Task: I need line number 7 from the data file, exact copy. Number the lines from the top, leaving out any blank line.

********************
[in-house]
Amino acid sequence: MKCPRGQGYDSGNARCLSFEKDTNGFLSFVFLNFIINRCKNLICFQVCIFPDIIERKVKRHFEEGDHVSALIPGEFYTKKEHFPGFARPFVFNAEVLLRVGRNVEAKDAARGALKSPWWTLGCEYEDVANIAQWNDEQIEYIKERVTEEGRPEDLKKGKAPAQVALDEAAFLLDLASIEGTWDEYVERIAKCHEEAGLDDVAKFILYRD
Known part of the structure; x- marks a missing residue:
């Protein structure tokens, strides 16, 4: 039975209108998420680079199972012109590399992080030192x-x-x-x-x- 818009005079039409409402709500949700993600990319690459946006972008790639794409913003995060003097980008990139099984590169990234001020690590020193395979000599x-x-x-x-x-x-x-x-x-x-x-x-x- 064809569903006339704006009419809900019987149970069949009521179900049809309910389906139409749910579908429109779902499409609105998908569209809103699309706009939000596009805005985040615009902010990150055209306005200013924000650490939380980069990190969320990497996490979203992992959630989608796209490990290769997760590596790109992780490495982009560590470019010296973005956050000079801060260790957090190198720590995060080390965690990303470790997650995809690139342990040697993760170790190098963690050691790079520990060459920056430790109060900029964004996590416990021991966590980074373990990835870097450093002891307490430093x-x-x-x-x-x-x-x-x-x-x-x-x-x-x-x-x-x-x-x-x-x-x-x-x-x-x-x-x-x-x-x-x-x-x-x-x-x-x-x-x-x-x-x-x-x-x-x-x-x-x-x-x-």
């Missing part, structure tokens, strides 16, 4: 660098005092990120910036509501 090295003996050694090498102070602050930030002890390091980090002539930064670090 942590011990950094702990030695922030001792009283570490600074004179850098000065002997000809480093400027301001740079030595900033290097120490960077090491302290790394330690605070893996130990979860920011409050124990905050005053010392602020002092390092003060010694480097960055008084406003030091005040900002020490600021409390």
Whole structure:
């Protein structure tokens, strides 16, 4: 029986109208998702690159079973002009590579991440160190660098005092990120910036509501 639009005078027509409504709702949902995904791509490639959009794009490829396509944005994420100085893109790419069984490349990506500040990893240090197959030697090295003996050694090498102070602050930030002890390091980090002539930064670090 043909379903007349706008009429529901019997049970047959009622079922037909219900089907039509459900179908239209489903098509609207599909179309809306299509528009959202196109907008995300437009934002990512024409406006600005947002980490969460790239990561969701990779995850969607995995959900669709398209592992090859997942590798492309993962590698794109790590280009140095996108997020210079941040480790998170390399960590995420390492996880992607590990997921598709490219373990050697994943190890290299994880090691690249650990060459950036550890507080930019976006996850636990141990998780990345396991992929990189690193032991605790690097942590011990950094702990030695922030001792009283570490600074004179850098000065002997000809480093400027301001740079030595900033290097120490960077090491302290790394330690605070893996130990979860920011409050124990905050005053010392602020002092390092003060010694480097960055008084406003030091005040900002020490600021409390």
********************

């Protein structure tokens, strides 16, 4: 029986109208998702690159079973002009590579991440160190660098005092990120910036509501 639009005078027509409504709702949902995904791509490639959009794009490829396509944005994420100085893109790419069984490349990506500040990893240090197959030697090295003996050694090498102070602050930030002890390091980090002539930064670090 043909379903007349706008009429529901019997049970047959009622079922037909219900089907039509459900179908239209489903098509609207599909179309809306299509528009959202196109907008995300437009934002990512024409406006600005947002980490969460790239990561969701990779995850969607995995959900669709398209592992090859997942590798492309993962590698794109790590280009140095996108997020210079941040480790998170390399960590995420390492996880992607590990997921598709490219373990050697994943190890290299994880090691690249650990060459950036550890507080930019976006996850636990141990998780990345396991992929990189690193032991605790690097942590011990950094702990030695922030001792009283570490600074004179850098000065002997000809480093400027301001740079030595900033290097120490960077090491302290790394330690605070893996130990979860920011409050124990905050005053010392602020002092390092003060010694480097960055008084406003030091005040900002020490600021409390």